A Washington State Transportation Commission survey released
Tuesday shows residents would raise taxes and fees to maintain a
good transportation system. Considering the mood of the
recession-weary, anti-government populace these days, that’s hard
Fifty-nine percent said they’d generally support raising some
transportation and fees, but only three of nine potential funding
sources got a majority. Sixty-one percent would support a vehicle
emissions fee, 60 percent a special license fee for electric cars
and 52 percent tolls.
The money should first got to maintaining and repairing the
existing transportation system, they said, followed by increasing
capacity and expanding travel options.
Fifty-nine percent support tolling as a way to pay for major
projects, 62 percent support express HOV lanes that single-occupant
vehicles can use for a price, 51 percent think toll money should be
available for improvements in a traffic corridor instead of just
for the project, 63 percent support more state funding for public
transit and passenger rail, and 57 percent support using state
funds to operate and maintain the state ferry system.
The Transportation Commission invited 100,000 Washington
residents to participate in the online survey, with a goal of 5,000
actually taking it. There were 5,518 total responses.
There’s now a survey online for the broader public. It can be
taken until the end of the year at
The governor’s Connecting Washington Task Force can use the
survey insight into what tax and fees the public will tolerate in
making recommendations for a 10-year transportation investment
Well, it’s true, but nothing to get excited about unless you
need to get from Wilbur to Keller. Problem is, Lake Roosevelt cuts
between the Eastern Washington communities, and residents, school
kids, freight haulers and emergency reponders rely on the
63-year-old Martha S. to make the 1.25-mile connection.
On Thursday, the state awarded the contract for a new 20-car
ferry to Foss Maritime Co. of Seattle. It’ll build the all-aluminum
boat in pieces at it’s Rainier, Ore. plant and ship them to the
site for assembly.
Foss’ bid was $9,557,178, about $250,000 less than the state’s
estimate. It’s supposed to deliver the ferry in May 2013.
Despite travel-related costs jumping from a year ago, more
people are expected to hit the road for Thanksgiving, according to
AAA forecasts. The recession has kept them pent up for so long,
they can’t take it anymore. They haven’t seen Grandma in a couple
years so they’re taking a trip, cost be damned.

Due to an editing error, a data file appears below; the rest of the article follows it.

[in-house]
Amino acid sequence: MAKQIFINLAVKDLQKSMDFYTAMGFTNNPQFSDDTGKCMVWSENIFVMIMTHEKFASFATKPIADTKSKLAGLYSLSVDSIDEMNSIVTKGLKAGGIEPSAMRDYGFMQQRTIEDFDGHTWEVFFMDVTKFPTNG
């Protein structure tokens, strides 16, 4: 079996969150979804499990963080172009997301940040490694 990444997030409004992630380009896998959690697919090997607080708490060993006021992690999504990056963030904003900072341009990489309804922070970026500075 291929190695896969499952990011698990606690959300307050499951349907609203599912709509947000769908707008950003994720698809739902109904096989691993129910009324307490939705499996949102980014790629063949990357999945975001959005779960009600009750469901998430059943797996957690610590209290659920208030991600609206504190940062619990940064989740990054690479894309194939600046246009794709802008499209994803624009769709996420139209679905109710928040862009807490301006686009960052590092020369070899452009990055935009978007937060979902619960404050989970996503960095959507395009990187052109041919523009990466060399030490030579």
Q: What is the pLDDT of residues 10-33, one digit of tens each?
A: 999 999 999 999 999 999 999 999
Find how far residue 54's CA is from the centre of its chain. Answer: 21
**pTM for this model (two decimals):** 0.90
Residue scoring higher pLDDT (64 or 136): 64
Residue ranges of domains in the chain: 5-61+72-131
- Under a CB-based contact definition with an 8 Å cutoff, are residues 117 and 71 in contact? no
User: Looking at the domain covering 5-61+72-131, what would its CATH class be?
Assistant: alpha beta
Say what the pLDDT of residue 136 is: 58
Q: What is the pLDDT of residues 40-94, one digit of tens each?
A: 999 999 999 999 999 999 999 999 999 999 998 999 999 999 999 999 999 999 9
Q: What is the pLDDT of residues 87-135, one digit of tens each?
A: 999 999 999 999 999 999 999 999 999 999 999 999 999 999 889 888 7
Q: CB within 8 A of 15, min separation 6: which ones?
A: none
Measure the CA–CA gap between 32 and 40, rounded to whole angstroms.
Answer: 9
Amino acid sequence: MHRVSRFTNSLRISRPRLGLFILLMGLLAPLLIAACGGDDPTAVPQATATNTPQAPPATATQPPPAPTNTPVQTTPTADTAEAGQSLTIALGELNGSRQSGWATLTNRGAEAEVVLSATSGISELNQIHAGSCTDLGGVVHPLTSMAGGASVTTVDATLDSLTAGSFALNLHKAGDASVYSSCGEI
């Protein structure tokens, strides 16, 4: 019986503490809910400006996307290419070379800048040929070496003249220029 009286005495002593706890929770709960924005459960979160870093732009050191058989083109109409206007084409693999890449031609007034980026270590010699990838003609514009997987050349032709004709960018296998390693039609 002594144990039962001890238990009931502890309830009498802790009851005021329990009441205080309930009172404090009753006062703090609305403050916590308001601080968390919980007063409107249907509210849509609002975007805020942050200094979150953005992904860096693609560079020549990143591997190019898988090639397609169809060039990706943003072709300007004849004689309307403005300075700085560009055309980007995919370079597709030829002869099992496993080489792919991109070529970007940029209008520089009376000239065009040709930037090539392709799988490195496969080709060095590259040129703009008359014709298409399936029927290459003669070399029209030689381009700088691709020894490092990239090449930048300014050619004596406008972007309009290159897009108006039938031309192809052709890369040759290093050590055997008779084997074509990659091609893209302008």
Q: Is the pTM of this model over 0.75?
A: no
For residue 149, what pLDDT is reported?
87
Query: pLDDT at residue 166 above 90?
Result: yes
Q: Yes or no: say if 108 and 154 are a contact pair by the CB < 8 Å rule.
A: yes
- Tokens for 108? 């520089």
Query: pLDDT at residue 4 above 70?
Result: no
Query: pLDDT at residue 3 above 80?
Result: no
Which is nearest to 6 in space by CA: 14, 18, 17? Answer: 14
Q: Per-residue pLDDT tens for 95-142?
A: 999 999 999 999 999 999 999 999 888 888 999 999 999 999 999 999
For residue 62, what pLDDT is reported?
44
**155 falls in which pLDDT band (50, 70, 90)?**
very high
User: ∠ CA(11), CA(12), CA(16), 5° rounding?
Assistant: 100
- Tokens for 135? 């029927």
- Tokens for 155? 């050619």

People haven’t been traveling the last couple years. In 2007,
there were 50.6 million Thanksgiving weekend travelers. That
dropped to 37.8 in 2008, 37.7 in 2009 and came back a little to
40.9 million last year. Last year’s trend is expected to continue
with 42.5 million travelers next weekend, despite the average cost
of unleaded rising 63 cents from a year ago, to $3.74 a gallon.
Thanksgiving will buck the trend so far this year, with travel
flat for Memorial Day and down for Independence Day and Labor
Air fares are about 20 percent higher than last year, but AAA
expects 1.8 percent more fliers. Hotels are up 6 percent. About the
only thing to get a deal on is weekend car rental, at $37 a
Travelers will be staying closer to home this year, averaging
706 miles instead of last year’s 816. I’ll be driving 23 miles to
work and 23 miles back home, probably somewhere to cover an event
and to the sheriff’s office to read reports. You folks be good so
I’m not having to write up a bunch of police items, and have a
A stretch of Interstate 5 north of Seattle is the seventh-most
jammed-up highway in the country, according to information released
by the Weather Channel, Texas Transportation Institute and INRX on
Tuesday. It’s a section going south from 145th Street to Union
Street in downtown Seattle.
At 145th, commuters from the east side going around the north
end of Lake Washington merge onto I-5 with those from the northern
suburbs. Then they all combine with commuters coming across the
lake on the 520 floating bridge. It’ll be interesting to see what
happens when they start collecting tolls on the bridge in a couple
California dominated the official top 10 list, so researches
chose to look at the list regionally and highlight some of the
worst traffic trouble spots for each area. It’s hard to find an
open stretch of highway anywhere from San Diego to San Francisco,
but the worst stretch in America is the Harbor Freeway/California
110 Northbound route, they say.